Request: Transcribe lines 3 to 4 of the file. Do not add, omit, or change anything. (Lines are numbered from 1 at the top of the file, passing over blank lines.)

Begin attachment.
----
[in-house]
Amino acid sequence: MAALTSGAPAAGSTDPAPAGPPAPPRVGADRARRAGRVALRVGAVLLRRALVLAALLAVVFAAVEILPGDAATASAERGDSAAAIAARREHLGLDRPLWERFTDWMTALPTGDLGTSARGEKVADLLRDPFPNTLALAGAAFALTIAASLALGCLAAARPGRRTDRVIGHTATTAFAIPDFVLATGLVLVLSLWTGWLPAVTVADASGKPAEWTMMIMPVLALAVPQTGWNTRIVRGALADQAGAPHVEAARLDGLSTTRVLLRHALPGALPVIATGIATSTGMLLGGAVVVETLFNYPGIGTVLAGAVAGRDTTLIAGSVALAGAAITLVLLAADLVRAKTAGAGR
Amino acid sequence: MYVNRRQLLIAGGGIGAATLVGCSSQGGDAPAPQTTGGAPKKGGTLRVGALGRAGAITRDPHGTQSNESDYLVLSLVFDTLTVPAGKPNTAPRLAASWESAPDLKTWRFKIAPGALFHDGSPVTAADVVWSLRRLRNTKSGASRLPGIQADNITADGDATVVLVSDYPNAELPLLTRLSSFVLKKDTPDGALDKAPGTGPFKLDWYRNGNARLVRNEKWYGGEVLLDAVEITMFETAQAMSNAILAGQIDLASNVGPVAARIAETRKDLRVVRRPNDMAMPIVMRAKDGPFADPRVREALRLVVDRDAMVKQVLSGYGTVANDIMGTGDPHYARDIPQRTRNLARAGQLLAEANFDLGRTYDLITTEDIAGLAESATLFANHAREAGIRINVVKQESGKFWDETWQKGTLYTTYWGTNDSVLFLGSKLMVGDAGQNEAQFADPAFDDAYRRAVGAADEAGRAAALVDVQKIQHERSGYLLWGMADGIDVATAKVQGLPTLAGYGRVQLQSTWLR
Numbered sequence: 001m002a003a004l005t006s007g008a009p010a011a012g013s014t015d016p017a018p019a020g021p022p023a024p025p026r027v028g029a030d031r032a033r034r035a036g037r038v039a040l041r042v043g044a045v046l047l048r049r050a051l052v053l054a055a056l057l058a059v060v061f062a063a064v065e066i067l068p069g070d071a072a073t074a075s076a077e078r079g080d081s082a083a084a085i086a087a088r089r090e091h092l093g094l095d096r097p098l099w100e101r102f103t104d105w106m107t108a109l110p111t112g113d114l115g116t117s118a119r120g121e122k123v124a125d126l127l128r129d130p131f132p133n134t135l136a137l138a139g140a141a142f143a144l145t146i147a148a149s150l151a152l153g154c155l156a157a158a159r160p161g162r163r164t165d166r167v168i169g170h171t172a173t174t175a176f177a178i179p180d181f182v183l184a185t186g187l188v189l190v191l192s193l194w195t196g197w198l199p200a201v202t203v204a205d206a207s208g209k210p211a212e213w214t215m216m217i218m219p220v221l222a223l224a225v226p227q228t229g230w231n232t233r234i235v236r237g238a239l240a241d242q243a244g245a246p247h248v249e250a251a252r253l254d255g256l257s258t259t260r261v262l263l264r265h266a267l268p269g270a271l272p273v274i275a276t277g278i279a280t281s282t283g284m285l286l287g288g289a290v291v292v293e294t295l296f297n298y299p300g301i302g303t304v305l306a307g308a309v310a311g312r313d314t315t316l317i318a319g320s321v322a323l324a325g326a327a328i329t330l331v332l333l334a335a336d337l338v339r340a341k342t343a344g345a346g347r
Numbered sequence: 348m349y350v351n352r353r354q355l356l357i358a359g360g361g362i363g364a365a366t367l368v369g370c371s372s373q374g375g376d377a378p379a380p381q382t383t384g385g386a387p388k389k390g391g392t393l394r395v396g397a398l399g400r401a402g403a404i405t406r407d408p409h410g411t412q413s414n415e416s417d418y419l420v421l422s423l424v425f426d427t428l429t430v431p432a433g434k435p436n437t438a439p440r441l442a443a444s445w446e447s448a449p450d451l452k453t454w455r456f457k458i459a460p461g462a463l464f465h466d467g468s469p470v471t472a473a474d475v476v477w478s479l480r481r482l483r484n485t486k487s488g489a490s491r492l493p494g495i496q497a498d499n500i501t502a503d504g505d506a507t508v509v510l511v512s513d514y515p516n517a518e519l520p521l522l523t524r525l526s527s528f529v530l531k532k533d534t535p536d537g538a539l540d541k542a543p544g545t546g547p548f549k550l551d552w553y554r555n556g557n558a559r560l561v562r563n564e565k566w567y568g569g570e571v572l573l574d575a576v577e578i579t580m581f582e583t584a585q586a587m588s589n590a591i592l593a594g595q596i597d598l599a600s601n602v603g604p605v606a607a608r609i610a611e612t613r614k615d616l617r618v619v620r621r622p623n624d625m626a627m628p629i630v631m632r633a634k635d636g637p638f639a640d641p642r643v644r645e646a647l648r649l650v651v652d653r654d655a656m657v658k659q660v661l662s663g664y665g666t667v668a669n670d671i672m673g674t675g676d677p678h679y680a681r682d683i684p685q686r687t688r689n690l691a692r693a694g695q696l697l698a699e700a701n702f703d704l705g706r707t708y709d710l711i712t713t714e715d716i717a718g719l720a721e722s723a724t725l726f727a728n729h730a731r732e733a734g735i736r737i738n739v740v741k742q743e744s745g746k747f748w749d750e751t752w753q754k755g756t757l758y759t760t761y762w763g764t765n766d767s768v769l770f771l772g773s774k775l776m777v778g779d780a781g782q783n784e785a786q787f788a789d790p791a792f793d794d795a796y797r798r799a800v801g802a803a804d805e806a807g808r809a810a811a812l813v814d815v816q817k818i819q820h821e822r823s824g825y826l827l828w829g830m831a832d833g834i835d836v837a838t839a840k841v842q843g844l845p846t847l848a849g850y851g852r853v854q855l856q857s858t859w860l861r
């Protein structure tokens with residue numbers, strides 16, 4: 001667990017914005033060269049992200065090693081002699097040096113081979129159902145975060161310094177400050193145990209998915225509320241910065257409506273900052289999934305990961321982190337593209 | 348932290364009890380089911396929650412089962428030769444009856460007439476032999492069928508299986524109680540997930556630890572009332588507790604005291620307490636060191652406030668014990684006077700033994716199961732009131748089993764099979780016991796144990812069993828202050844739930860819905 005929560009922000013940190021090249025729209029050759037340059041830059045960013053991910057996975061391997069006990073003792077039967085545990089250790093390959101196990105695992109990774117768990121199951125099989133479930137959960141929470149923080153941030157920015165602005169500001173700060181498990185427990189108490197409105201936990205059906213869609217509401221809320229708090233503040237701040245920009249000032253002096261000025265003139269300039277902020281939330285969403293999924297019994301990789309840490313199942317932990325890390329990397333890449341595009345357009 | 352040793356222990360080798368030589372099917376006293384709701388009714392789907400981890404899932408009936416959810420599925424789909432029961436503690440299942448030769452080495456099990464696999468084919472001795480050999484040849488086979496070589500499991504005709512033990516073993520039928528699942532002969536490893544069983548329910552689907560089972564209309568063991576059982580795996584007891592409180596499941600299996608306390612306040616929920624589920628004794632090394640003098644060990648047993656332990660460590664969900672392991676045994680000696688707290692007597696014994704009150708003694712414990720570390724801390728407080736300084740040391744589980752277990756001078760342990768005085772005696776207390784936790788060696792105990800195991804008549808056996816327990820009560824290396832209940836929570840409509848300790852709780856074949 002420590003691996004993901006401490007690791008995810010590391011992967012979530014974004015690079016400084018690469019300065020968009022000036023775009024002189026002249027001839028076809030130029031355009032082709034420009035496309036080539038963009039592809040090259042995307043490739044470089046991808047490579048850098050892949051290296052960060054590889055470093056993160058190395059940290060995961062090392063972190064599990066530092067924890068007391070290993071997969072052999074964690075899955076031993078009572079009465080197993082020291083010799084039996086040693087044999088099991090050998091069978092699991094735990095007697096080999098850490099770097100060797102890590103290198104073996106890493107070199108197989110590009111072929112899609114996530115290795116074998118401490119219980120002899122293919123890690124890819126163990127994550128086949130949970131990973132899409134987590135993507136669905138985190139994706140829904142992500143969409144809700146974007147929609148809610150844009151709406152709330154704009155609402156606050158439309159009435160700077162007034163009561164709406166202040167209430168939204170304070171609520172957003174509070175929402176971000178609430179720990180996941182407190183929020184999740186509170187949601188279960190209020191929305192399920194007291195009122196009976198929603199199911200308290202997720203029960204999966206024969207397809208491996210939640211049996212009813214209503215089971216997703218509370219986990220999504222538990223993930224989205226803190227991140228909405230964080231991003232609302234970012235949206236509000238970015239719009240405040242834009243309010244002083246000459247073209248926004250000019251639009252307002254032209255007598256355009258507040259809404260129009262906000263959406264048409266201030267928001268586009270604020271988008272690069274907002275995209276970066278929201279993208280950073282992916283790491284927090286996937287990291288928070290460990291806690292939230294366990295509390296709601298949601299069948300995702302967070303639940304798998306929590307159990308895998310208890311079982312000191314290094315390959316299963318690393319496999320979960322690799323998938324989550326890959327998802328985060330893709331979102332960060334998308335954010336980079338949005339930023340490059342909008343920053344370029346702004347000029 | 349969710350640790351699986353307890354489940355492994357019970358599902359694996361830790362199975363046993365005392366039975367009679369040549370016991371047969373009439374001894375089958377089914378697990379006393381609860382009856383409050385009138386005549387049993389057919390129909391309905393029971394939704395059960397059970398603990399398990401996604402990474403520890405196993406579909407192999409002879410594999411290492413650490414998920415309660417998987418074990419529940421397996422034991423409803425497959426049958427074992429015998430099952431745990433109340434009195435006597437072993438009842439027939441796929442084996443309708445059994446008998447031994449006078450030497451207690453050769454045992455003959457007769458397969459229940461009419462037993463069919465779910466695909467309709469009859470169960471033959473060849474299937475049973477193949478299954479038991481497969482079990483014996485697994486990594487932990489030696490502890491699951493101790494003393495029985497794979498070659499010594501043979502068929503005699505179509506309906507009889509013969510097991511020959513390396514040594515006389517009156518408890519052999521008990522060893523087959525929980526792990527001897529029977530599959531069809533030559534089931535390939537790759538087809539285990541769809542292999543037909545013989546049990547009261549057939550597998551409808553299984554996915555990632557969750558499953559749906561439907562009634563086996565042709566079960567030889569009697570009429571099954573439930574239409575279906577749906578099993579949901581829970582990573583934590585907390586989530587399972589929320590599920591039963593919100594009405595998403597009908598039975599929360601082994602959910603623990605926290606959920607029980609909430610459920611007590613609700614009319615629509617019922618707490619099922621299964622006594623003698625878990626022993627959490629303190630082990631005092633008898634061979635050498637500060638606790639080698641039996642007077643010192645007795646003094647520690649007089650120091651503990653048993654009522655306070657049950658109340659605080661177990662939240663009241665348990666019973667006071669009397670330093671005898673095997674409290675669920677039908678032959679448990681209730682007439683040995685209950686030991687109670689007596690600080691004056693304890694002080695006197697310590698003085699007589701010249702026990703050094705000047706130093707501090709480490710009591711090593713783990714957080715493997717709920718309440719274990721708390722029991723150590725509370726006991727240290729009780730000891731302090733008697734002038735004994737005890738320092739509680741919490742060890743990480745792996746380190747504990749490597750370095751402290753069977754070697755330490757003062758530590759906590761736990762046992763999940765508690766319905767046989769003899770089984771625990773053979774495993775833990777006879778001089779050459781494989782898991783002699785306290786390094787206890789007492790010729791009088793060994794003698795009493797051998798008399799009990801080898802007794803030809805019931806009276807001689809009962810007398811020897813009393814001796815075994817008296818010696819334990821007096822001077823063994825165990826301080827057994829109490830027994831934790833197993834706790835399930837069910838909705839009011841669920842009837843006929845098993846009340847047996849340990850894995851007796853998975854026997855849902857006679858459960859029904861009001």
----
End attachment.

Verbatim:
Amino acid sequence: MYVNRRQLLIAGGGIGAATLVGCSSQGGDAPAPQTTGGAPKKGGTLRVGALGRAGAITRDPHGTQSNESDYLVLSLVFDTLTVPAGKPNTAPRLAASWESAPDLKTWRFKIAPGALFHDGSPVTAADVVWSLRRLRNTKSGASRLPGIQADNITADGDATVVLVSDYPNAELPLLTRLSSFVLKKDTPDGALDKAPGTGPFKLDWYRNGNARLVRNEKWYGGEVLLDAVEITMFETAQAMSNAILAGQIDLASNVGPVAARIAETRKDLRVVRRPNDMAMPIVMRAKDGPFADPRVREALRLVVDRDAMVKQVLSGYGTVANDIMGTGDPHYARDIPQRTRNLARAGQLLAEANFDLGRTYDLITTEDIAGLAESATLFANHAREAGIRINVVKQESGKFWDETWQKGTLYTTYWGTNDSVLFLGSKLMVGDAGQNEAQFADPAFDDAYRRAVGAADEAGRAAALVDVQKIQHERSGYLLWGMADGIDVATAKVQGLPTLAGYGRVQLQSTWLR
Numbered sequence: 001m002a003a004l005t006s007g008a009p010a011a012g013s014t015d016p017a018p019a020g021p022p023a024p025p026r027v028g029a030d031r032a033r034r035a036g037r038v039a040l041r042v043g044a045v046l047l048r049r050a051l052v053l054a055a056l057l058a059v060v061f062a063a064v065e066i067l068p069g070d071a072a073t074a075s076a077e078r079g080d081s082a083a084a085i086a087a088r089r090e091h092l093g094l095d096r097p098l099w100e101r102f103t104d105w106m107t108a109l110p111t112g113d114l115g116t117s118a119r120g121e122k123v124a125d126l127l128r129d130p131f132p133n134t135l136a137l138a139g140a141a142f143a144l145t146i147a148a149s150l151a152l153g154c155l156a157a158a159r160p161g162r163r164t165d166r167v168i169g170h171t172a173t174t175a176f177a178i179p180d181f182v183l184a185t186g187l188v189l190v191l192s193l194w195t196g197w198l199p200a201v202t203v204a205d206a207s208g209k210p211a212e213w214t215m216m217i218m219p220v221l222a223l224a225v226p227q228t229g230w231n232t233r234i235v236r237g238a239l240a241d242q243a244g245a246p247h248v249e250a251a252r253l254d255g256l257s258t259t260r261v262l263l264r265h266a267l268p269g270a271l272p273v274i275a276t277g278i279a280t281s282t283g284m285l286l287g288g289a290v291v292v293e294t295l296f297n298y299p300g301i302g303t304v305l306a307g308a309v310a311g312r313d314t315t316l317i318a319g320s321v322a323l324a325g326a327a328i329t330l331v332l333l334a335a336d337l338v339r340a341k342t343a344g345a346g347r